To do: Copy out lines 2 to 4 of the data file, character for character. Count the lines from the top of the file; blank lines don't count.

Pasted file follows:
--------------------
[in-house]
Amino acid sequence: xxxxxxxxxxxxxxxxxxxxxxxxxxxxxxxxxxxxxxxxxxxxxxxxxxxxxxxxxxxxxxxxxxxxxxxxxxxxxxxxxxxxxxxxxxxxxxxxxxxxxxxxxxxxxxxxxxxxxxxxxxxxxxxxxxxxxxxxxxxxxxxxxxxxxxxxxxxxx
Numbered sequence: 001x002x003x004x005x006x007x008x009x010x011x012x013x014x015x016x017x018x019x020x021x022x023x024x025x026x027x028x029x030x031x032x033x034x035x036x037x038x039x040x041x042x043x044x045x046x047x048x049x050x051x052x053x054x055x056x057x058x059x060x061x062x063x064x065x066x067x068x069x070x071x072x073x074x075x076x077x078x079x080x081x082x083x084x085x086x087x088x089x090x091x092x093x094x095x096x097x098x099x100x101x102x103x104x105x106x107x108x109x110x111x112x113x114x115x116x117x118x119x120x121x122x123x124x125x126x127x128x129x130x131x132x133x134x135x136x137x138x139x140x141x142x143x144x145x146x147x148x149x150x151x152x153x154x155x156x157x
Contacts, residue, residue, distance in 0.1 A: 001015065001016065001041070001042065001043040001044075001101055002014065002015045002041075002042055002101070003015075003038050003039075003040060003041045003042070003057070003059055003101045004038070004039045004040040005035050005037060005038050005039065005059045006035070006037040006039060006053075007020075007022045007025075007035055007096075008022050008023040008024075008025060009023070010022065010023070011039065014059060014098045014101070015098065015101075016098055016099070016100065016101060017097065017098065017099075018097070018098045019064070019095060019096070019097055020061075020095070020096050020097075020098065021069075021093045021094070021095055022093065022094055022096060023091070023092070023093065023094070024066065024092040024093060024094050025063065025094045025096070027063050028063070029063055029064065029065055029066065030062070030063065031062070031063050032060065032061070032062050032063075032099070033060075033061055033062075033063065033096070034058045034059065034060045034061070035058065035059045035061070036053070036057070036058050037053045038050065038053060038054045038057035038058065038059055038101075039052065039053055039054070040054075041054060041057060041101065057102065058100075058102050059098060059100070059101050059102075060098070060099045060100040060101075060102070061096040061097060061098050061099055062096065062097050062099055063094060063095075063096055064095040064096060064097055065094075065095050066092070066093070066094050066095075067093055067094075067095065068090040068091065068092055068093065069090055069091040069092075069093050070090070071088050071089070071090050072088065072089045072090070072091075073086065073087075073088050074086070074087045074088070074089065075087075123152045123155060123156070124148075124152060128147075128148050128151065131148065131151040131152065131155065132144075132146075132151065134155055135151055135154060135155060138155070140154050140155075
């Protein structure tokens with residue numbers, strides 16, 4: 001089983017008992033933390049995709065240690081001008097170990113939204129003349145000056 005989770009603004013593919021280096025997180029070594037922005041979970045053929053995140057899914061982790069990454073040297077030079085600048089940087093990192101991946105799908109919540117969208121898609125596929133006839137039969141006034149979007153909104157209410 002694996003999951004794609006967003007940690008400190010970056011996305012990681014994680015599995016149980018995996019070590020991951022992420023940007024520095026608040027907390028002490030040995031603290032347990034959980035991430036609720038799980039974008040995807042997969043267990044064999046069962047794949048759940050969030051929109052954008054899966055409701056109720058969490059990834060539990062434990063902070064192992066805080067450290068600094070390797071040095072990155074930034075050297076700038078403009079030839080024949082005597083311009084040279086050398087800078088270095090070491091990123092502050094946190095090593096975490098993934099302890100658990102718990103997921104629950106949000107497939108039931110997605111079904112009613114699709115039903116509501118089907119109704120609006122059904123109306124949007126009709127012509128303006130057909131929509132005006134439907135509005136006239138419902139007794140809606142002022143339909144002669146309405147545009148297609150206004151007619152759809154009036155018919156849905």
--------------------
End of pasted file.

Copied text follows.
Amino acid sequence: xxxxxxxxxxxxxxxxxxxxxxxxxxxxxxxxxxxxxxxxxxxxxxxxxxxxxxxxxxxxxxxxxxxxxxxxxxxxxxxxxxxxxxxxxxxxxxxxxxxxxxxxxxxxxxxxxxxxxxxxxxxxxxxxxxxxxxxxxxxxxxxxxxxxxxxxxxxxx
Numbered sequence: 001x002x003x004x005x006x007x008x009x010x011x012x013x014x015x016x017x018x019x020x021x022x023x024x025x026x027x028x029x030x031x032x033x034x035x036x037x038x039x040x041x042x043x044x045x046x047x048x049x050x051x052x053x054x055x056x057x058x059x060x061x062x063x064x065x066x067x068x069x070x071x072x073x074x075x076x077x078x079x080x081x082x083x084x085x086x087x088x089x090x091x092x093x094x095x096x097x098x099x100x101x102x103x104x105x106x107x108x109x110x111x112x113x114x115x116x117x118x119x120x121x122x123x124x125x126x127x128x129x130x131x132x133x134x135x136x137x138x139x140x141x142x143x144x145x146x147x148x149x150x151x152x153x154x155x156x157x
Contacts, residue, residue, distance in 0.1 A: 001015065001016065001041070001042065001043040001044075001101055002014065002015045002041075002042055002101070003015075003038050003039075003040060003041045003042070003057070003059055003101045004038070004039045004040040005035050005037060005038050005039065005059045006035070006037040006039060006053075007020075007022045007025075007035055007096075008022050008023040008024075008025060009023070010022065010023070011039065014059060014098045014101070015098065015101075016098055016099070016100065016101060017097065017098065017099075018097070018098045019064070019095060019096070019097055020061075020095070020096050020097075020098065021069075021093045021094070021095055022093065022094055022096060023091070023092070023093065023094070024066065024092040024093060024094050025063065025094045025096070027063050028063070029063055029064065029065055029066065030062070030063065031062070031063050032060065032061070032062050032063075032099070033060075033061055033062075033063065033096070034058045034059065034060045034061070035058065035059045035061070036053070036057070036058050037053045038050065038053060038054045038057035038058065038059055038101075039052065039053055039054070040054075041054060041057060041101065057102065058100075058102050059098060059100070059101050059102075060098070060099045060100040060101075060102070061096040061097060061098050061099055062096065062097050062099055063094060063095075063096055064095040064096060064097055065094075065095050066092070066093070066094050066095075067093055067094075067095065068090040068091065068092055068093065069090055069091040069092075069093050070090070071088050071089070071090050072088065072089045072090070072091075073086065073087075073088050074086070074087045074088070074089065075087075123152045123155060123156070124148075124152060128147075128148050128151065131148065131151040131152065131155065132144075132146075132151065134155055135151055135154060135155060138155070140154050140155075